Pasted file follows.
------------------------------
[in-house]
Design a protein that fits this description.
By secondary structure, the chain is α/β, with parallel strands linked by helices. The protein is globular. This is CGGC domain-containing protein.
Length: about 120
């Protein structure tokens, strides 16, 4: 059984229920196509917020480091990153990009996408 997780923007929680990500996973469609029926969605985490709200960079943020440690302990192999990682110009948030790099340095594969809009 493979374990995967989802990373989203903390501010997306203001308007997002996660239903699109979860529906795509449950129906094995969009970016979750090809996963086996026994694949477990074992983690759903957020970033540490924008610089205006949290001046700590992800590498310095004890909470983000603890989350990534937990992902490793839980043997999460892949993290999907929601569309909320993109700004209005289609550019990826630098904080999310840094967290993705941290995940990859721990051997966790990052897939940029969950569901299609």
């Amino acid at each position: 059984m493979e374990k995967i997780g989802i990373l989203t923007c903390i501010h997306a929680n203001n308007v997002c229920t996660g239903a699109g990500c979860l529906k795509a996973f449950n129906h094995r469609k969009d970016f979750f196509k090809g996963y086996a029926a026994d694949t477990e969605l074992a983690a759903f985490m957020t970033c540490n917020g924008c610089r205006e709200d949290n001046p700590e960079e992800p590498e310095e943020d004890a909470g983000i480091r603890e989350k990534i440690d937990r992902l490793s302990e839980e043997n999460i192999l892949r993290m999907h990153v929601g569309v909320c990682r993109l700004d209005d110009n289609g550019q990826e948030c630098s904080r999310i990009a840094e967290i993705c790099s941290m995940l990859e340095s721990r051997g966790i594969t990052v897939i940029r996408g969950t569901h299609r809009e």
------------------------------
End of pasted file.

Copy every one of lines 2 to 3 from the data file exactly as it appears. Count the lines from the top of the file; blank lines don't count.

Design a protein that fits this description.
By secondary structure, the chain is α/β, with parallel strands linked by helices. The protein is globular. This is CGGC domain-containing protein.